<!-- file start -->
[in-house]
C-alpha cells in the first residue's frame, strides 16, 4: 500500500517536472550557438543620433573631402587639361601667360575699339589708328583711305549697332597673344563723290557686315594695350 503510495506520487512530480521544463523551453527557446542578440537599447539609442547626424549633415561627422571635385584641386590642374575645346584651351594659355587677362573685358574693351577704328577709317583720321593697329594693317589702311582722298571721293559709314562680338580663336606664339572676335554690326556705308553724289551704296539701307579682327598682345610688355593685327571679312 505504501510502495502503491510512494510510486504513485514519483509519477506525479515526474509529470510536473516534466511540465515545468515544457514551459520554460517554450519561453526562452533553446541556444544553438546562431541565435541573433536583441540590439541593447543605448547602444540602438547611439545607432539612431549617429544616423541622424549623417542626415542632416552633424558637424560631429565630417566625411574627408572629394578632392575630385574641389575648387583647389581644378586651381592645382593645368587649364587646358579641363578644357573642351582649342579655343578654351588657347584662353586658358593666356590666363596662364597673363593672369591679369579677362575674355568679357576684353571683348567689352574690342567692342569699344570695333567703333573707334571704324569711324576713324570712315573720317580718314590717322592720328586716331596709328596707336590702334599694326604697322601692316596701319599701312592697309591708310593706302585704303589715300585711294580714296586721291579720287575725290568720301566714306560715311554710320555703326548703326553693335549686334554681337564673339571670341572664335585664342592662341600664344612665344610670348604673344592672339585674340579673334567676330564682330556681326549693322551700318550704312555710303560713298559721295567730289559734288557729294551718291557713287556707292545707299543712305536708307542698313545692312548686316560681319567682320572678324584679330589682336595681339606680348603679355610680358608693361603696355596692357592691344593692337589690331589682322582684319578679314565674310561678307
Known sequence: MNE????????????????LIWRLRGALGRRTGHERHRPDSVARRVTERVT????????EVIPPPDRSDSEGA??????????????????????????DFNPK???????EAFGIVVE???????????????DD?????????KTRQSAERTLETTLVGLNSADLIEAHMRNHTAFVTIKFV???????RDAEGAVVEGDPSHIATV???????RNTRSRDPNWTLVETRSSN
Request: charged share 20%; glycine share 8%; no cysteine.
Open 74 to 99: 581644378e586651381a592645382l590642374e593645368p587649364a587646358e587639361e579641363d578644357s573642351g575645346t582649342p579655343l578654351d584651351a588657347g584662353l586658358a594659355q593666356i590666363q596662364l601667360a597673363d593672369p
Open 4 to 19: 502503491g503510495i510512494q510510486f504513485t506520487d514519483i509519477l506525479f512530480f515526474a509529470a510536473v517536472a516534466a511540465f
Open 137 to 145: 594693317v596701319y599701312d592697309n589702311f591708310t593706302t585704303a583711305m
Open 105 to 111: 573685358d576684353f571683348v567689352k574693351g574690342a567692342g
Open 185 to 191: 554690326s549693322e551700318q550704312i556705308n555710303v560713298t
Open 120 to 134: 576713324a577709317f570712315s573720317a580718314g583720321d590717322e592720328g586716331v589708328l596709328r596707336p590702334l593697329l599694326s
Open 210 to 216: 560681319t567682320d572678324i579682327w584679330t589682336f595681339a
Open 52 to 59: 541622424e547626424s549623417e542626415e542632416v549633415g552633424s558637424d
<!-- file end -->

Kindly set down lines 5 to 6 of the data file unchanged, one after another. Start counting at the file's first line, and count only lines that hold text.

Open 74 to 99: 581644378e586651381a592645382l590642374e593645368p587649364a587646358e587639361e579641363d578644357s573642351g575645346t582649342p579655343l578654351d584651351a588657347g584662353l586658358a594659355q593666356i590666363q596662364l601667360a597673363d593672369p
Open 4 to 19: 502503491g503510495i510512494q510510486f504513485t506520487d514519483i509519477l506525479f512530480f515526474a509529470a510536473v517536472a516534466a511540465f